“As the world moves forward and progressively changes, the way we teach our youth will impact not only the climate, but our ethics, our morals, and the future that comes before us. This program is about choices. Choosing not just for ourselves, but the environment, and our children,” added Marc Ching, Founder and CEO of Animal Hope in Legislation.

The bill does not mandate a plant-based diet in schools but incentivizes schools to offer plant-based options. While numerous school districts across the state want to increase plant-based offerings, many face cost barriers since animal-based foods and cow’s milk are heavily subsidized by the federal government relative to plant-based options.

"More and more people my age understand that if you love animals, you don't eat them. But it can be hard to find something to eat, especially at school," said Genesis Butler, who, at age 10, became one of the youngest people ever to give a TED Talk. "I'm glad California is looking at giving us more options to help animals and the earth."

This measure also recognizes that California’s increasingly diverse population deserves greater attention. “Our state is a global microcosm with many different cultural needs,” noted Assemblymember Nazarian. “California’s school meal policy should not only reflect this diversity, but also incorporate the extensive research on the health benefits of plant-based nutrition.”

According to the Journal of Academy of Nutrition and Dietetics, a plant-based diet has substantial health benefits. It can reduce the risk of diabetes, help manage weight, and provide protection against cancer and other diseases.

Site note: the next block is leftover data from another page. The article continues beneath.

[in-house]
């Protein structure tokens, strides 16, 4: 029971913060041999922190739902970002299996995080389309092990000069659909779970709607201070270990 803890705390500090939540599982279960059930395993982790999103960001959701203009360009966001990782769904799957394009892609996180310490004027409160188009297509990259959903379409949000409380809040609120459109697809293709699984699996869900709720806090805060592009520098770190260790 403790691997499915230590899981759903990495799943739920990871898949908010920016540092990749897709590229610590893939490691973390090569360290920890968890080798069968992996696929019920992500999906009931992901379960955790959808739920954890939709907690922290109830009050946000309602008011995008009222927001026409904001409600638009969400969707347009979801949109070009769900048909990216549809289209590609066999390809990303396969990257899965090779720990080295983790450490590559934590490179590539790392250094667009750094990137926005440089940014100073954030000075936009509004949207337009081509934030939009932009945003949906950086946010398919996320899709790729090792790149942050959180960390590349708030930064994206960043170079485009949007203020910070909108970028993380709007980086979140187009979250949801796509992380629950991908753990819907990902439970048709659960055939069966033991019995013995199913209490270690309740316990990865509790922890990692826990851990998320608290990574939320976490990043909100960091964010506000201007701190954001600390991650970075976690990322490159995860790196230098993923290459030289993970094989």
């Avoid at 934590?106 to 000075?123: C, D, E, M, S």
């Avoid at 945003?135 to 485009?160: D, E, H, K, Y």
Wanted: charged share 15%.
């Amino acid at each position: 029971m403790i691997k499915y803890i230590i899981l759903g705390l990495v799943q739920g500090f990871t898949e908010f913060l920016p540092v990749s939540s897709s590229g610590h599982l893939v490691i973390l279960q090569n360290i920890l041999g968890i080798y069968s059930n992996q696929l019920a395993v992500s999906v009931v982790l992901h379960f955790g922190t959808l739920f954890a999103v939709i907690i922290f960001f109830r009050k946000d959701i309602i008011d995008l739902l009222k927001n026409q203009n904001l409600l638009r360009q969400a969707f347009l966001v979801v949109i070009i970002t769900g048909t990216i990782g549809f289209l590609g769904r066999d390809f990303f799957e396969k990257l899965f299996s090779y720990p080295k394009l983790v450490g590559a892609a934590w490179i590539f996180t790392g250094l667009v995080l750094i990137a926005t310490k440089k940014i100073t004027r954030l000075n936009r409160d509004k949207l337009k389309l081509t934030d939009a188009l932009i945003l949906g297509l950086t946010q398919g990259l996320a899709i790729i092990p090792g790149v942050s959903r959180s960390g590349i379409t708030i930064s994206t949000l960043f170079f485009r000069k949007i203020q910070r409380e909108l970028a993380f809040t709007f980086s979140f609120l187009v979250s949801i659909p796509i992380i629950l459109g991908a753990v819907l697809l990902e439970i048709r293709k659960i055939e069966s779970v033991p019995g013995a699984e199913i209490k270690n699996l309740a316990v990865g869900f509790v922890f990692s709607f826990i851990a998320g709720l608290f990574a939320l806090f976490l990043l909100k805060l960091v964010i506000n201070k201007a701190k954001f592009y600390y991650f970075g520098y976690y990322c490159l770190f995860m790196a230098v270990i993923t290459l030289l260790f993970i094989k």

“Bringing plant-based meals to schools will help students establish healthy eating habits that will last a lifetime,” said Neal Barnard, M.D., president of the Physicians Committee for Responsible Medicine. “Not only do these foods help students stay focused and energized in the classroom today, but they also reduce long-term risk for heart disease, type 2 diabetes, obesity, and other chronic diseases.”

Under AB 479, eligible entrées must be free of animal products or byproducts, including meat, poultry, fish, dairy, or eggs to qualify for additional reimbursement. Schools are eligible to apply for reimbursement if they serve an increase in plant-based options from a baseline year.

Many school districts across the state, including Novato, San Francisco, Oakland, Santa Barbara, Los Angeles, San Diego, Riverside, Capistrano, and others are reducing the carbon footprint of their food by serving delicious, healthier plant-based entrees. AB 479 will provide critical technical and financial support to expand these menu offerings and encourage many other schools to follow suit.

Adrin Nazarian represents the 46th Assembly District, serving the San Fernando Valley communities of Hollywood Hills, Lake Balboa, North Hills, North Hollywood, Panorama City, Sherman Oaks, Studio City, Toluca Lake, Valley Glen, Universal City, Van Nuys, and Valley Village